By Richard Gwyn
The Toronto Star
One way of describing the peace talks between Israel and Palestine that have just begun in Washington would be to categorize the event as an exercise in ego, of political advantage, of cynical opportunism, and of pipedreaming if not of outright fantasy.
Another way of describing the event would be to put a tick to all those assessments but to add that despite the long odds against success — almost impossible odds — it may be better to try and to fail than not to try at all.
Even that modest expression of optimism is couched in its conditional form, namely that it “may be better” for an attempt to be made to do something than for everyone to settle on doing nothing.
Objectively, the portents couldn’t be gloomier. Israeli politics have shifted well to the right.
In last year’s election, all the gains were made by right-wing and religious parties while the pro-peace Kadima party was decimated.
More troubling is the way many Israelis now think, or say they do.
According to a recent survey, one in three Israelis are now prepared to deny Arab citizens of Israel the right to vote, which would be a form of apartheid.
More troubling yet is the consequence of the unrestrained expansion of Jewish settlements on Palestinian land.
In 1991 about 94,000 settlers lived in the Palestinian homeland of the West Bank. Today, about 340,000 do. The “second state” that all the peace proposals call to be run by the Palestinians alongside Israel is very near to being a governmental and demographic impossibility. (As an additional complication, 200,000 Jews now live in East Jerusalem which the Palestinians claim as their capital.)
Not that the Palestinians haven’t made a string of blunders. Gaza is now run by the extremist Hamas, which denies Israel’s right to exist.
The failure of the pro-democratic Arab Spring and the murderous civil war going on in Syria give Israelis every right to assume that peace agreements with Arabs are an impossibility at this time, and for long into the future.
So why attempt a project that not only is almost certain to fail but that by failing will magnify the suspicions and rancours on both sides?
Some of the changes now going on are positive. Hamas’s hold on Gaza is weakening. Conversely, the far more moderate Fatah, which runs the West Bank, has shown an unexpected ability to work effectively with the Israelis on security issues. Its leader, Mahmoud Abbas, the president of Palestine, has demonstrated considerable skill as negotiator.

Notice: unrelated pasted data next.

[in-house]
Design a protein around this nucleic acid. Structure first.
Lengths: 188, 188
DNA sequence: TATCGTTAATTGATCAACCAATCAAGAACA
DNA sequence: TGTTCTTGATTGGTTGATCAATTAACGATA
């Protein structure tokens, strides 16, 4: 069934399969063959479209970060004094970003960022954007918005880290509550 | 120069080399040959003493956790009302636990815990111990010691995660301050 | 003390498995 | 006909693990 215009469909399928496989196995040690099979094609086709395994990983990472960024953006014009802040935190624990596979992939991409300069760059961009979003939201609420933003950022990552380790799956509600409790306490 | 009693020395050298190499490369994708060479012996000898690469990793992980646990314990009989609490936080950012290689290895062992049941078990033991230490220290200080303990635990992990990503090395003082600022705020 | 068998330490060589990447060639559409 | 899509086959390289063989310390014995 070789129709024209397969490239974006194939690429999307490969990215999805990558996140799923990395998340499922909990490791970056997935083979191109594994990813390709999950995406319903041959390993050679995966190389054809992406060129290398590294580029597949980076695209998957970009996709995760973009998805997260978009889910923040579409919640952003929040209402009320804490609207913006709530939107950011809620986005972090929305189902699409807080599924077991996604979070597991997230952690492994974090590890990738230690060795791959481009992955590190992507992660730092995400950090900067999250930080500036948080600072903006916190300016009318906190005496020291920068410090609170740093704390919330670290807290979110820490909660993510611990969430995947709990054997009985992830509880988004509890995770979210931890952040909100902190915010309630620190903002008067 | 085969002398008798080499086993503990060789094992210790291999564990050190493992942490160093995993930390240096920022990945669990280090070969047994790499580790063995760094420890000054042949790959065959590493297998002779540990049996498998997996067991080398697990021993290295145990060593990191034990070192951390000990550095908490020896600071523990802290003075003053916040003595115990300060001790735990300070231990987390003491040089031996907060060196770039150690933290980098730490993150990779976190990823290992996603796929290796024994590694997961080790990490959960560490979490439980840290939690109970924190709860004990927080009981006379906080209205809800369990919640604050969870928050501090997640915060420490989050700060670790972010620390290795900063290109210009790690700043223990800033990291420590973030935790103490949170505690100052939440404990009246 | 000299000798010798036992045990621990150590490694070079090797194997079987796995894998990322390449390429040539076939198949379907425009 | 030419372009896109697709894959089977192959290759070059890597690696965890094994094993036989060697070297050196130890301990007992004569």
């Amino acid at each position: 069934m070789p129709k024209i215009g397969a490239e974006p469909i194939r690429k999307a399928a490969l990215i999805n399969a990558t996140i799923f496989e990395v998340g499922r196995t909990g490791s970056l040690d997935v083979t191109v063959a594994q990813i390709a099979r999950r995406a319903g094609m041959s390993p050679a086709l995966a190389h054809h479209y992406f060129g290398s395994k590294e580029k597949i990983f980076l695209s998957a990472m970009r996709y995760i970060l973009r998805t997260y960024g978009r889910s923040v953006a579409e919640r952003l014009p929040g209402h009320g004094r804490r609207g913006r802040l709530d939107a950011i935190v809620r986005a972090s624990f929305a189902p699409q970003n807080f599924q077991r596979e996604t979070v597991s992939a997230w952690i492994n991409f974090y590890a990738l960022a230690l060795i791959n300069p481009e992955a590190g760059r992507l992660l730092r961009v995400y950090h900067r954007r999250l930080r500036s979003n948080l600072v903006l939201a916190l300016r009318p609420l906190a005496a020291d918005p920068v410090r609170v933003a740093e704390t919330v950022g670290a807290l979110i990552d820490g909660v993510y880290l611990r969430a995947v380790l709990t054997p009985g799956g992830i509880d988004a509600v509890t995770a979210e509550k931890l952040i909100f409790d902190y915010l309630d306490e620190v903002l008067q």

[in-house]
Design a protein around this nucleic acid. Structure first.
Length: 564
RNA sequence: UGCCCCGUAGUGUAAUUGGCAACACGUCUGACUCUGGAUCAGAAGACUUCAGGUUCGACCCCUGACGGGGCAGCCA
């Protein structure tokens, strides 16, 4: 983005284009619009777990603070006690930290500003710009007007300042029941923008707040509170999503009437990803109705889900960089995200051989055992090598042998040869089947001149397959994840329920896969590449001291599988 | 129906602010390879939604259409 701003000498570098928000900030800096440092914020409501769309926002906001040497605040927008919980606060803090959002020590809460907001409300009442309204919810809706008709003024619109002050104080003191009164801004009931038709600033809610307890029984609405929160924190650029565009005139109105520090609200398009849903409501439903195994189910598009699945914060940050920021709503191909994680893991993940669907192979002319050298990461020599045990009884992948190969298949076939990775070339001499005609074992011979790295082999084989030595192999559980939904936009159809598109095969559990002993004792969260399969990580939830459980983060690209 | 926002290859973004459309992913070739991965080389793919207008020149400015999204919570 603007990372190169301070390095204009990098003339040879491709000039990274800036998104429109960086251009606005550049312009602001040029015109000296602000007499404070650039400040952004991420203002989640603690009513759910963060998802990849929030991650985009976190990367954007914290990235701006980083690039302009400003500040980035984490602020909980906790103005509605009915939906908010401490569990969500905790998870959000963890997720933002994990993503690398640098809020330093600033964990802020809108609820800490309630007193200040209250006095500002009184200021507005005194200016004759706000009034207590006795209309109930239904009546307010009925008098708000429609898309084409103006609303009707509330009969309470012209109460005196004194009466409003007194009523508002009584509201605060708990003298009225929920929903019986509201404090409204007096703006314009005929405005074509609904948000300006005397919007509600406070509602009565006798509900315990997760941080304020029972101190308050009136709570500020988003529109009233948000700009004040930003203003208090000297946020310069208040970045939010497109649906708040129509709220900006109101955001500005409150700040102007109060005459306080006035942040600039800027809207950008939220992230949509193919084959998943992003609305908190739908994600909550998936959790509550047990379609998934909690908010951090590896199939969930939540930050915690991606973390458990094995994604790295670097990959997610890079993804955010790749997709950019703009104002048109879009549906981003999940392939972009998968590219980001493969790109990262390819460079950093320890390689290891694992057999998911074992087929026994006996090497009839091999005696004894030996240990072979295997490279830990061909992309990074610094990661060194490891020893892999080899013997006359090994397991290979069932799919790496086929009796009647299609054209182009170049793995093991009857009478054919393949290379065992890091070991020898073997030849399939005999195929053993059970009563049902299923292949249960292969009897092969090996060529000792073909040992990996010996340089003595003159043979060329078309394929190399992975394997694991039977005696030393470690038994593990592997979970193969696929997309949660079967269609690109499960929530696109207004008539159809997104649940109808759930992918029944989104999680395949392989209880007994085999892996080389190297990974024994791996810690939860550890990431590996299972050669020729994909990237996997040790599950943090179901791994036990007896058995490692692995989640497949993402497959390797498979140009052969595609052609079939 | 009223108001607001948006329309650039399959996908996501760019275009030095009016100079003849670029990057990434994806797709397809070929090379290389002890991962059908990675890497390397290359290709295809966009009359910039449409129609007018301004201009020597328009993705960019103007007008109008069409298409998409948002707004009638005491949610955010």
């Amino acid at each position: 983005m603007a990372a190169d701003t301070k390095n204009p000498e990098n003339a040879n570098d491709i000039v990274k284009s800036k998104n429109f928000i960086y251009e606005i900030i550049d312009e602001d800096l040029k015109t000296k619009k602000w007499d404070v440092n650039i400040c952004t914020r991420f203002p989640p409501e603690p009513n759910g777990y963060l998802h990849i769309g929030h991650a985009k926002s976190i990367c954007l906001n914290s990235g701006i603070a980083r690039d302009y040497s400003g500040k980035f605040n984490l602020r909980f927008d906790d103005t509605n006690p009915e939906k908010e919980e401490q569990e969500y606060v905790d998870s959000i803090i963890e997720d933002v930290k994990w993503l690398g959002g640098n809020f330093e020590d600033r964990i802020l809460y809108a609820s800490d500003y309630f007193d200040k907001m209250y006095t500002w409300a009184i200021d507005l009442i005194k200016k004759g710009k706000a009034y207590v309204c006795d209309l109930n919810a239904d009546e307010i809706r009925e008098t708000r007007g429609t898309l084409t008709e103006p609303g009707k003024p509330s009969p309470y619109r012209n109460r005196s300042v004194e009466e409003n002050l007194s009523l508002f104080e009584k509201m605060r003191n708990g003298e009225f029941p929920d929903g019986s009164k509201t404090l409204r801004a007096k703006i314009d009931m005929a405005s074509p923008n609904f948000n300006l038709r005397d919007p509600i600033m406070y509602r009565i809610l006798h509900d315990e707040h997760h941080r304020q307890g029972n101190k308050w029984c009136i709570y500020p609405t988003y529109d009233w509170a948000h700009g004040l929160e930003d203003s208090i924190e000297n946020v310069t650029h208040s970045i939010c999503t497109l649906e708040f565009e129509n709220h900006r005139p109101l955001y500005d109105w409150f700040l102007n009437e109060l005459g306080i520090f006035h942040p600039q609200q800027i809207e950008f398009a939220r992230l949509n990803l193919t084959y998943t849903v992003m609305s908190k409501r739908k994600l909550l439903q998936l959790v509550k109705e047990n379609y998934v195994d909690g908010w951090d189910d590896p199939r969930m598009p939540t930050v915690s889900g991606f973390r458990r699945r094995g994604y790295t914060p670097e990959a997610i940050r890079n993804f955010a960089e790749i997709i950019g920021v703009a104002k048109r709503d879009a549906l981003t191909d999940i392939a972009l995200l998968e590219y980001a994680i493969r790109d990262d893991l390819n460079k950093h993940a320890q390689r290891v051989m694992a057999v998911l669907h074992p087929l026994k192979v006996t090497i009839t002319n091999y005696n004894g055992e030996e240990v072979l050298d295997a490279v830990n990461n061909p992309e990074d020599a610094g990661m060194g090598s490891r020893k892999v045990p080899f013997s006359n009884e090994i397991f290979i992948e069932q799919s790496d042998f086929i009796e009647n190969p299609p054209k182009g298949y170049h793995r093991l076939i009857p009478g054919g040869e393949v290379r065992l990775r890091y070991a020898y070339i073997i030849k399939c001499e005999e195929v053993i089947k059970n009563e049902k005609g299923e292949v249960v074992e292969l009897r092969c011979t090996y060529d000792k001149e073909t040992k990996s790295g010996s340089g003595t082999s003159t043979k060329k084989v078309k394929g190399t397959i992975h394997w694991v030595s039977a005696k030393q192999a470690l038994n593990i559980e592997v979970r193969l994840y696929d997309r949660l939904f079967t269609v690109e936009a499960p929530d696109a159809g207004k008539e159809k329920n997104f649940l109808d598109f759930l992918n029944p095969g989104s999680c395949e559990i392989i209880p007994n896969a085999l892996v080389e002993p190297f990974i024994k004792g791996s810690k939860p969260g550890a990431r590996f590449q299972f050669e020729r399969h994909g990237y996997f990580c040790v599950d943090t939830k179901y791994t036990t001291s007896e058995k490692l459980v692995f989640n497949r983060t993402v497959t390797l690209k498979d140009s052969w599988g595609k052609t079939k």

Israel, for all its power and success, confronts an ever-growing challenge. This year, the population of Palestinians within Israel and the West Bank and Gaza edged ahead of that of Israelis for the first time. Each year on, that gap will widen. This is why “apartheid” solutions such as denying Palestinians the vote — even of reducing their numbers by ethnic cleansing — have gained public support.
There thus has to be some other change, some new trade-off that both sides might — just — accept, that has not yet been made public.
The Washington meetings are the result of a prolonged and extensive undertaking (six visits to Israel so far this year) by U.S. Secretary of State John Kerry.
Beyond the least doubt, Kerry knows full well (U.S. President Barack Obama likewise) that the prospects for success are near infinitesimal. Surely, therefore, he has to have some new card to play, one that both sides already know about even if in no way yet prepared to agree to.
Failure remains virtually inevitable. Thereafter, the status quo, so deeply damaging to both sides, will probably continue for the best part of a century, or a lot longer. Let’s hope Kerry knows what he’s doing.
But also wish him the best, including the best of luck.
Richard Gwyn is national and international affairs columnist with The Toronto Star.
His email address is firstname.lastname@example.org.